Last fall, I was flipping through the usual suspect channels for me – Discovery, History Channel, TLC, etc., when I came across a show in the middle of the first episode that looked pretty interesting.
The show was called “Everest: Beyond the Limit”.
What attracted me initially was that it promoted itself as the first time cameras had been planned to be brought to the summit of Mt. Everest (video cameras).
For those that don’t know what has been going on in recent years, Everest has at once become much more dangerous than in the past, and much more frequently conquered. And the two go hand in hand.
As with so much in this world, money has largely been the culprit. There is a mini industry of expedition leaders, who, for a large sum, will lead a full technological assault on the world’s highest peak. Which, btw, is still getting taller every year.
As a result, there are now many more people on the slopes during the spring climbing season, most of whom are not qualified to climb it.
So, many more die. THe worst year was 1998 during which 11 climbers perished (I believed) including the man who was considered to be the world’s greatest mountaineer.
You see, near the peak of Everest, you are considered to be in the “death zone”. You are so high, that even climbing WITH oxygen masks, your body basically shuts down. You can’t eat or drink, so you start to catabolize your own body, and even with the oxygen, many people suffer altitude sickness.
The truth is that most of the fatalities occur on the descent, as what they call “summit fever” the adrenaline of trying to reach the top, gets you there, but then the fact that it is more difficult to descend kills so many.
Anyway, as I was watching this show last year, I noticed that they were featuring one young guy in particular. He seemed a rather boisterous, happy go lucky sort. And as I watched it, I kept saying to myself “I know that guy!!!”.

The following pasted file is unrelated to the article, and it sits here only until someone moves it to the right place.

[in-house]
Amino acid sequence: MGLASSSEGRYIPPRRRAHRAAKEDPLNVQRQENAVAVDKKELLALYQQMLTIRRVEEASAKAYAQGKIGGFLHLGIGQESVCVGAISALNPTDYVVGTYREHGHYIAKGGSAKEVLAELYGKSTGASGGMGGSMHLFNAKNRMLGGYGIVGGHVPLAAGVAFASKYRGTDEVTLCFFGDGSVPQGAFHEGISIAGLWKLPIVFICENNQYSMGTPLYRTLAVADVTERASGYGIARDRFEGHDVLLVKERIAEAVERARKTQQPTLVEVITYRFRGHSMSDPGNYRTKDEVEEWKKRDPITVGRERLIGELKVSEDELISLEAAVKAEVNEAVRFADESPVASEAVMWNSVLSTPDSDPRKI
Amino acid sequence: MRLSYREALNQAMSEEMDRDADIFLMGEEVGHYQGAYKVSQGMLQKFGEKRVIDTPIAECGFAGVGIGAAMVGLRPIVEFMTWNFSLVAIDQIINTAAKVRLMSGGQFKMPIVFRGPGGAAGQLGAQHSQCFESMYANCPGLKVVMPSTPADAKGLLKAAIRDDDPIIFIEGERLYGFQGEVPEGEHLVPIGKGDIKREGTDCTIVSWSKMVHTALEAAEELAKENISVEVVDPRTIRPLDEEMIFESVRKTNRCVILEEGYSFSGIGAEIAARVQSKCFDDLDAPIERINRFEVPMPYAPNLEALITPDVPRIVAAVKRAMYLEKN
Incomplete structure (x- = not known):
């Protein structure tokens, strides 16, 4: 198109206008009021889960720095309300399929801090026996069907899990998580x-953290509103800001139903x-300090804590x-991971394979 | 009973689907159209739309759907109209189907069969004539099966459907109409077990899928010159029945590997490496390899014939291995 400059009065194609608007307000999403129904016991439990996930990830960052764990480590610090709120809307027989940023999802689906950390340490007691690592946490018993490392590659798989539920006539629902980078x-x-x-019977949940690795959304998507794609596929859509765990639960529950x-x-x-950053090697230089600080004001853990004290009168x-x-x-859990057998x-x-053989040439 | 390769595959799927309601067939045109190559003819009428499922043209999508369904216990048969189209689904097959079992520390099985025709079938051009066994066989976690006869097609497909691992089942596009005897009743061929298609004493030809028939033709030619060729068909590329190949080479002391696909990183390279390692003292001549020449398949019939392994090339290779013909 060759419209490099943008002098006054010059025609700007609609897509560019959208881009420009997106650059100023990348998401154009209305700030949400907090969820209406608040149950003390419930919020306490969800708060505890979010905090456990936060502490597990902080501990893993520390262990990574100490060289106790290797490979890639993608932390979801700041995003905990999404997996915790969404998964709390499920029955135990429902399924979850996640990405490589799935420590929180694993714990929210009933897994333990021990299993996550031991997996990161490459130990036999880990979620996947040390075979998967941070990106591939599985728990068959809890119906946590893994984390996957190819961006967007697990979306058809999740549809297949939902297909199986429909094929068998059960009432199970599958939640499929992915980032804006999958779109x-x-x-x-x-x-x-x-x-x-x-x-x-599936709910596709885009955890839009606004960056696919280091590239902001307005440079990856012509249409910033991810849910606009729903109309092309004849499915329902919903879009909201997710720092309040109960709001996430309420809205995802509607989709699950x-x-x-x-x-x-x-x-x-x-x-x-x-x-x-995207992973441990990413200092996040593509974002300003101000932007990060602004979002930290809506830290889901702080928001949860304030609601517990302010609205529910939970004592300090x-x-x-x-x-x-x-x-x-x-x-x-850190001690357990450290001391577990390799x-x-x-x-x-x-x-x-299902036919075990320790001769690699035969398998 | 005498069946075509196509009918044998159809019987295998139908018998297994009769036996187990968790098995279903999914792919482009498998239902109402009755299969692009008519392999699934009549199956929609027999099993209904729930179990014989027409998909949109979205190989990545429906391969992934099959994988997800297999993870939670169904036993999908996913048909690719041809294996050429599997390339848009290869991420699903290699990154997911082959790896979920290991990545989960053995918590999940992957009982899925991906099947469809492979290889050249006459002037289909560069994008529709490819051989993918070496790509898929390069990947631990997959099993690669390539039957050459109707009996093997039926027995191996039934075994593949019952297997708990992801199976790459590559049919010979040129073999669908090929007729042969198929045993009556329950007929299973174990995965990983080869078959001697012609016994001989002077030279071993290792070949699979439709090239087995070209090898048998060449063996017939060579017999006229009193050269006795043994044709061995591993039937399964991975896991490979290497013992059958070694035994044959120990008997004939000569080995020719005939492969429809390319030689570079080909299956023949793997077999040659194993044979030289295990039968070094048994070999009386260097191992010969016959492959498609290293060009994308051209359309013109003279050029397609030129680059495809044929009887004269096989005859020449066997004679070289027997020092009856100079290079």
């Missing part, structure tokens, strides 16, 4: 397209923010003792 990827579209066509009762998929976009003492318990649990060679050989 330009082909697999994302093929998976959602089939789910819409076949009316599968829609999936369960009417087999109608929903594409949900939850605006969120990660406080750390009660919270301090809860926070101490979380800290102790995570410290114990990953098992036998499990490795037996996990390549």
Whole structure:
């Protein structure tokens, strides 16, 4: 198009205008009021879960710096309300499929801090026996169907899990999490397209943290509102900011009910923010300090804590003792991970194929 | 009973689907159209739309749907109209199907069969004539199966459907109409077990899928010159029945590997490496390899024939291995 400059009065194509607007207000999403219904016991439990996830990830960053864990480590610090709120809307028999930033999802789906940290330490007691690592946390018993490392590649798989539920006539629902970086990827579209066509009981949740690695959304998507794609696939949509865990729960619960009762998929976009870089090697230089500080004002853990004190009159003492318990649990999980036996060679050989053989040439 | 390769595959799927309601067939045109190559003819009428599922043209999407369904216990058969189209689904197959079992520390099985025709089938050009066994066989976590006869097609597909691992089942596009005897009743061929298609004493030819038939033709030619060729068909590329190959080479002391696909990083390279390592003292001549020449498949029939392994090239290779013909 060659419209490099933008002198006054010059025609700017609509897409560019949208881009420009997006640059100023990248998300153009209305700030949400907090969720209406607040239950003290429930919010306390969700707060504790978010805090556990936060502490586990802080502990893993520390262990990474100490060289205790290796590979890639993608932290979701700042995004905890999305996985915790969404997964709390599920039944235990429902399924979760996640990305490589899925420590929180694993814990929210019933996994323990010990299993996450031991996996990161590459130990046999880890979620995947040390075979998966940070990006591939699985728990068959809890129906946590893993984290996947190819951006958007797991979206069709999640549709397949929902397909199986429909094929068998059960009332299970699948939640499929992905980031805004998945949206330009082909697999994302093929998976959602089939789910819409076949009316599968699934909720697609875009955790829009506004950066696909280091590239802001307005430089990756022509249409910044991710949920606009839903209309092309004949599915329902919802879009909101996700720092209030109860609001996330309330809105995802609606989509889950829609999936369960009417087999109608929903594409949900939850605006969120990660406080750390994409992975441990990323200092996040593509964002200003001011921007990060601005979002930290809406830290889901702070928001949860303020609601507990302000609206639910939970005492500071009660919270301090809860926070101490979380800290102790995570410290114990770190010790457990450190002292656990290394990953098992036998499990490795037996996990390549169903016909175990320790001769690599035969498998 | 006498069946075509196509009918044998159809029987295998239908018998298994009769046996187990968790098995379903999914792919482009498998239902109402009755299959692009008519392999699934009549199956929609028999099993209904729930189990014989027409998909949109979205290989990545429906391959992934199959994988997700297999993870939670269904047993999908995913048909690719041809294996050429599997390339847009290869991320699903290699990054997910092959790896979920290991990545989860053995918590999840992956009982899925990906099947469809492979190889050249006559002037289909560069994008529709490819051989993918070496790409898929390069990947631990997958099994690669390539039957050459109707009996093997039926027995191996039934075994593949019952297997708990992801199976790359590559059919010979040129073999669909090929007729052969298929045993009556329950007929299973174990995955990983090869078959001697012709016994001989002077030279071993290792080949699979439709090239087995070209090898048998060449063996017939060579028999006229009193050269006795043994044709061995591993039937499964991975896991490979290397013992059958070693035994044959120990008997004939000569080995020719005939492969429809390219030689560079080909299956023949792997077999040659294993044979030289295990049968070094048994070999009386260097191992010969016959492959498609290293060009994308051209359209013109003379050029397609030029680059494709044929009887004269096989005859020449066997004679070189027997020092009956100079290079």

Well, by the second episode, I discovered it was an OLD friend of mine, that I had lost touch with 15 years ago. Tim Medvetz is his name.
Now Tim was an interesting sort. Always just skirting the law so to speak. An outlaw with a perfect credit score as I used to call him.
Tim was my lifting partner back in the old days at the Crunch Fitness on Bleeker Street in Greenwhich village where we used to work out next to Henry Rollins every day.
We were both much larger back then, but Tim is an enormous man anyway. 6’5″ and a personality twice that size. As quiet and reserved as I am, he is loud and fun.
One of our other passions was Harley’s. The last time I had seen Tim, I had taken a new job consulting for a chain of health clubs and he was going to ride his Softtail Classic to Rio. Which he did.
Seems that he moved to LA and began designing and building motorcycles.
On Sept. 10/11th, 2001 – yes 9/11 – he had a horrific crash on his Harley. The doctors first gave him little chance to live, and then even less of a chance to walk, let alone fully recover.
But recover he did. He made a promise to himself in his hospital bed that should he recover, he was going to climb Everest.
He now walks around with a steel plate in his head, dozens of titanium screws in his legs and a bizarre almost wire mesh waste basket contraption holding his spine together.
Of course, these items tend to get VERY cold in the subarctic temperatures of Nepal, let alone at the summit of Everest.
In addition, the best climbers tend to be small wiry types.
Tim began training after recovering from his accident, eventually summitting every peak around Everest.
And then, last season he began his quest on an expedition that just happened to be the one that was being filmed.
His trials and tribulations along the way made for extraordinary TV, as did the adventures of the other climbers, which included a double amputee, a South African trying to make it without oxygen and several others.
Well, last season, Tim became the star of this show because, despite everything, he’s just one of those guys you just… like. He seemed to take over the screen.
At the end, however, he didn’t make it. Less than 300 meters from the summit, he was stopped, when one of these less experienced climbers, a woman from another expedition, collapsed with altitude sickness directly in their path.
For several hours they were stuck on slopes of the summit, so close (yet 300 meters to the summit of Everest is 8 hours of hard climbing, to give you an idea of how difficult it is.) yet so far.
Finally, in danger of running out of oxygen, and with his partner beginning to suffer from altitude sickness – showing real signs of loss of cognizance – it’s like being drunk or in a little trance – they had to come back down.
Well Tim went back this spring. And the new season begins tomorrow (Tuesday) night on the Discovery Channel.
I can’t emphasize enough how riveting they make the climb. Even though it does not begin to cover the difficulties of the trek.